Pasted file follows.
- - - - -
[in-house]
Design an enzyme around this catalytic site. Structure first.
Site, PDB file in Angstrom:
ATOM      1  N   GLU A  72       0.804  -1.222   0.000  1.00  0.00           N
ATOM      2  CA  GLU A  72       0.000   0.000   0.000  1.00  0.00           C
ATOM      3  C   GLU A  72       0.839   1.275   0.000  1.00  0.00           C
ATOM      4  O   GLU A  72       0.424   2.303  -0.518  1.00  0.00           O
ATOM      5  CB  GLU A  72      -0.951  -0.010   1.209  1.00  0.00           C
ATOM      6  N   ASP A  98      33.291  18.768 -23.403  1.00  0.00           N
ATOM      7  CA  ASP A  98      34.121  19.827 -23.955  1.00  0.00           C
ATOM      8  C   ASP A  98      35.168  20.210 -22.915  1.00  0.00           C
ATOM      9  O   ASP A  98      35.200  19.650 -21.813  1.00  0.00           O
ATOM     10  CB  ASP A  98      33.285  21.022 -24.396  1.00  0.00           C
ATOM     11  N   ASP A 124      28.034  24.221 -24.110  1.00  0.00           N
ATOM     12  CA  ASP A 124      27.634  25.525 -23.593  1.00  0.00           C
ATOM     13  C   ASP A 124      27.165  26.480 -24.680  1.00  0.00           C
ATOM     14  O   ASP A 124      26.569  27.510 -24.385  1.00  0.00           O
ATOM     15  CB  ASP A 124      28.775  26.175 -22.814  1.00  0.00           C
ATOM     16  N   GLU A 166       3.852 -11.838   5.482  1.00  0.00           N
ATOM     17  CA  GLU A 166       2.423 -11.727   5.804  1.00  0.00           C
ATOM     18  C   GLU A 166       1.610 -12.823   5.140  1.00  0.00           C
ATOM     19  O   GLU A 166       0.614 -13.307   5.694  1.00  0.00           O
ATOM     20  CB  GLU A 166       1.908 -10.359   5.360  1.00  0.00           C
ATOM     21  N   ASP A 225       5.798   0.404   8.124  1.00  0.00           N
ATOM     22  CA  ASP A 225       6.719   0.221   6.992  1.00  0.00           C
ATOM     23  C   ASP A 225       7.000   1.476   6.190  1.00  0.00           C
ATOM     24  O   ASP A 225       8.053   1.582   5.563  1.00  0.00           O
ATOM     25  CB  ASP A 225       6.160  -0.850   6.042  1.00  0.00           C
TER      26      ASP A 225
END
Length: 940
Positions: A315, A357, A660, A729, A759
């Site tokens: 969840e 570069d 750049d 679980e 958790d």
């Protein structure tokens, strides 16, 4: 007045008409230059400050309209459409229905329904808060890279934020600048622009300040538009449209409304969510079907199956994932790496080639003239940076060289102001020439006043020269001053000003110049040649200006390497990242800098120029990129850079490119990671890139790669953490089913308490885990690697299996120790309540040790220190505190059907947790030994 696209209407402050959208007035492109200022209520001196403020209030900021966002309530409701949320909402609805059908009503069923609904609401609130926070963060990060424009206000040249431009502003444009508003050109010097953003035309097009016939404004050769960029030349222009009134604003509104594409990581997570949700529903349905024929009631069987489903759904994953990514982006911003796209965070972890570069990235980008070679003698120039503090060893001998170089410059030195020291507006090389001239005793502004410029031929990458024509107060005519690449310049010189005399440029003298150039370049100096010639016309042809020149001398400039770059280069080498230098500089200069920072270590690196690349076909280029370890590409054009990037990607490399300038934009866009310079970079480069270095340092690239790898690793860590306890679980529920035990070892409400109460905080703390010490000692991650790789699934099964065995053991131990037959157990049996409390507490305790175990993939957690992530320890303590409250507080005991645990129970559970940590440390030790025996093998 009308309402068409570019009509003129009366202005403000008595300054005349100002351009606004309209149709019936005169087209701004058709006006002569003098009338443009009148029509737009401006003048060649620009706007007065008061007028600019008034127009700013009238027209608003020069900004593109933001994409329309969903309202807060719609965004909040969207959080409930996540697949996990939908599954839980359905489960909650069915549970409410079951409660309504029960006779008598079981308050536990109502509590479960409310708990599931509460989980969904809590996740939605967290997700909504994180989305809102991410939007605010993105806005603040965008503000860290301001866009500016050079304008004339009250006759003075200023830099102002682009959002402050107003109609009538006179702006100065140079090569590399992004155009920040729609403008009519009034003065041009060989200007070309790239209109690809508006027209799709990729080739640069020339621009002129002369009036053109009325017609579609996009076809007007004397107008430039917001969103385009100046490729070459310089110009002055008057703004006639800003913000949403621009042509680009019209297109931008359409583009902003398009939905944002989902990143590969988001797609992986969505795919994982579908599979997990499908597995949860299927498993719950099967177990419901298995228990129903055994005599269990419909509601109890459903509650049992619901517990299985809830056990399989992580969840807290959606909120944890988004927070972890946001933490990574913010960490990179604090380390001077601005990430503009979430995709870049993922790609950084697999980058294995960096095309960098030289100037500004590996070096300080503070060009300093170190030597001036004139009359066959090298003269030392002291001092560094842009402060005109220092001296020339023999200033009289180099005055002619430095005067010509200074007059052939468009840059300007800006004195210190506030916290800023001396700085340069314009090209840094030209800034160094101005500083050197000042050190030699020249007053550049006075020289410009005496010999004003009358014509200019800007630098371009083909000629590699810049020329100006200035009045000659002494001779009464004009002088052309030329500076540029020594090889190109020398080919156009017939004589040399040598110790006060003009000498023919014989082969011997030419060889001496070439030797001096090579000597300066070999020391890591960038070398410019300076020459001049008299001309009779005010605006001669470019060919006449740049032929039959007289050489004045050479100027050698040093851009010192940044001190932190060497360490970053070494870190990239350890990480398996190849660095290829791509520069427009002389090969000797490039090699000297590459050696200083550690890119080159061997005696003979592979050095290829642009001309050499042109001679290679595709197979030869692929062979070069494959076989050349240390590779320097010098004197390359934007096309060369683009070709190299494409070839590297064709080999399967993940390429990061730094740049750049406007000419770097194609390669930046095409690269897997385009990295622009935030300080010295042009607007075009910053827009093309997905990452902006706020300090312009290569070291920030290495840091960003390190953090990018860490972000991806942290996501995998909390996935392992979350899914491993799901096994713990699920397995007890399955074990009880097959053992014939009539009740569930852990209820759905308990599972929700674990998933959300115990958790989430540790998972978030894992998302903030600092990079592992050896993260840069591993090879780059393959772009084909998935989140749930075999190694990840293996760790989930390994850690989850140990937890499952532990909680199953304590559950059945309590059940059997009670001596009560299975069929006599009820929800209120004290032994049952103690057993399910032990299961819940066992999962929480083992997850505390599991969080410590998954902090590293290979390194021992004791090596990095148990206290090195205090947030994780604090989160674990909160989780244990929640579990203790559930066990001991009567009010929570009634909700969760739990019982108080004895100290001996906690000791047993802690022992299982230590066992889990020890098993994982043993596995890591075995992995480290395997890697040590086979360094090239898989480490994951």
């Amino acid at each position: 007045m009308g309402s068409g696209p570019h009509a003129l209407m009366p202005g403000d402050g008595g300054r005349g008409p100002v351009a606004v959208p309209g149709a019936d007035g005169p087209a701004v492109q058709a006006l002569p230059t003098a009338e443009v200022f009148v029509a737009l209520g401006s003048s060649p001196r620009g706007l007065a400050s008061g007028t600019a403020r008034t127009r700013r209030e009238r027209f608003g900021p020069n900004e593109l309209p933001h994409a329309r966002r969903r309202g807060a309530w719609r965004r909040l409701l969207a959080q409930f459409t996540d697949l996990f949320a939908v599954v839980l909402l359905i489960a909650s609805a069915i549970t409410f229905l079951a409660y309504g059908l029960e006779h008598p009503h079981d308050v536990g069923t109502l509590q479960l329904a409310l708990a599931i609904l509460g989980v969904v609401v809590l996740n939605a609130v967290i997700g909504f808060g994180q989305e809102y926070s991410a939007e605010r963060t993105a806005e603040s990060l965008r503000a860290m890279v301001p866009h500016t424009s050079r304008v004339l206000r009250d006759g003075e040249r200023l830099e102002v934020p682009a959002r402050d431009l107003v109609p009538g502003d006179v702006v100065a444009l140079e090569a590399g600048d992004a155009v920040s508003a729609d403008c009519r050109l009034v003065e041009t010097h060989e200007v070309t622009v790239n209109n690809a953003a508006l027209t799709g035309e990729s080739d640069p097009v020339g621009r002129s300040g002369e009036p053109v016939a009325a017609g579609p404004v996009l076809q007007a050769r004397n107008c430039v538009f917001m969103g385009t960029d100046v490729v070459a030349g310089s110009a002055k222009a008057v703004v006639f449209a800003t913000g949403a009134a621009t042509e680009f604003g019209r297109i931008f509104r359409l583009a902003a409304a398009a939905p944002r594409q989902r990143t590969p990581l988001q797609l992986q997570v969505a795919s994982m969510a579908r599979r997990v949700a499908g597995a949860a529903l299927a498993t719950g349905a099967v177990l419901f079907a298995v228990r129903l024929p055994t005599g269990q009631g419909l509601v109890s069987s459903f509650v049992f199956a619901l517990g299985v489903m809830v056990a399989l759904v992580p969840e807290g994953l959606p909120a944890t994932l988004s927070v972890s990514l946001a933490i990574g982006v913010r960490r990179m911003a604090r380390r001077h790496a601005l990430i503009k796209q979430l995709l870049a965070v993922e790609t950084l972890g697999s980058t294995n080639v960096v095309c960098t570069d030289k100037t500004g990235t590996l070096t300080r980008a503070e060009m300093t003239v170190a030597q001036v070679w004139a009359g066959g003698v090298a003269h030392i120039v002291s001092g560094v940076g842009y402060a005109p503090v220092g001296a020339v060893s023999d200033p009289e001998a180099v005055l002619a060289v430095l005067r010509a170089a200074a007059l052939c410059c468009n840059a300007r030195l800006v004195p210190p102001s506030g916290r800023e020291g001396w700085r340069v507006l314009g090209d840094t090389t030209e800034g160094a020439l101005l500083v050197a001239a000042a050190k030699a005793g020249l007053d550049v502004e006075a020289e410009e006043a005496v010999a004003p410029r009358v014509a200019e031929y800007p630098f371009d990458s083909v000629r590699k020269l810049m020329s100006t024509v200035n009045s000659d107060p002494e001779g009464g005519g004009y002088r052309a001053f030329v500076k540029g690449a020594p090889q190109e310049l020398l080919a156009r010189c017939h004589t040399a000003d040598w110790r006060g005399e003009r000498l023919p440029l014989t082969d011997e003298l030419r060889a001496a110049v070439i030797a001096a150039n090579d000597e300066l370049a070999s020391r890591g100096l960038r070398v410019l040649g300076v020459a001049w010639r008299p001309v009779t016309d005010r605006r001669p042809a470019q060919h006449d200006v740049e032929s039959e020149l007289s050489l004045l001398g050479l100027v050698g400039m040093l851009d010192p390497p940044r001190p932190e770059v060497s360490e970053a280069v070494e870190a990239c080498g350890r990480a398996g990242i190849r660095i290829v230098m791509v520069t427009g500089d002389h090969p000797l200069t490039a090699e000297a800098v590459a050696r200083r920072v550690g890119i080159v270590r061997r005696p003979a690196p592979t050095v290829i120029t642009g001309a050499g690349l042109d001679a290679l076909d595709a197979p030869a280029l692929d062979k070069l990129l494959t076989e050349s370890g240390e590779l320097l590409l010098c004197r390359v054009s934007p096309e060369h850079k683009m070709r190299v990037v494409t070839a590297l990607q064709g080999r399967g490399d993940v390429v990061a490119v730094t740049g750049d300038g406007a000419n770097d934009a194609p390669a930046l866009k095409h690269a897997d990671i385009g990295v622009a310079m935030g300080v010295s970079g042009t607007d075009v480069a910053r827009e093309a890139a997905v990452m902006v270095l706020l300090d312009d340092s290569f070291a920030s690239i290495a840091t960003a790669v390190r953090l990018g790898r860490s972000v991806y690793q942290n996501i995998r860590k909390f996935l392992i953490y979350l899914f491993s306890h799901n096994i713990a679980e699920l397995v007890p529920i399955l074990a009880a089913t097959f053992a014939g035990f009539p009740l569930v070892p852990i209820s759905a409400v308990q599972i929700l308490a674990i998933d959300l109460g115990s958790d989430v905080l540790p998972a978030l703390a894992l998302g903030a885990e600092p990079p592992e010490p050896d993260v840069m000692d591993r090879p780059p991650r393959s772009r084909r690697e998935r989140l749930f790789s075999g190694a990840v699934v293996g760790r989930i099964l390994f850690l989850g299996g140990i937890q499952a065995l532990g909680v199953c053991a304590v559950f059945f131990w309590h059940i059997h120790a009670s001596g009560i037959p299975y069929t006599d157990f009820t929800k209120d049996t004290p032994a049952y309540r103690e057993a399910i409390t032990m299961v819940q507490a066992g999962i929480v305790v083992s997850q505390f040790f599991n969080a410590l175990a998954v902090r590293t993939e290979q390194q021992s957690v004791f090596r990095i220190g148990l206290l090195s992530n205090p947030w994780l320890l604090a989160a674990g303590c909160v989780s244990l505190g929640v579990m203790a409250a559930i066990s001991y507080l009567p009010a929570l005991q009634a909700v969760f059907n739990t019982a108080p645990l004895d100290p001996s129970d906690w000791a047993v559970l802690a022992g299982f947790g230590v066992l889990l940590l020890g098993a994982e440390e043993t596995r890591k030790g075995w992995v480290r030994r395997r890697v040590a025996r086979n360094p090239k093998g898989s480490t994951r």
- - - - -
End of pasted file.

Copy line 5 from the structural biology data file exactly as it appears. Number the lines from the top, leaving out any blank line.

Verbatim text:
ATOM      2  CA  GLU A  72       0.000   0.000   0.000  1.00  0.00           C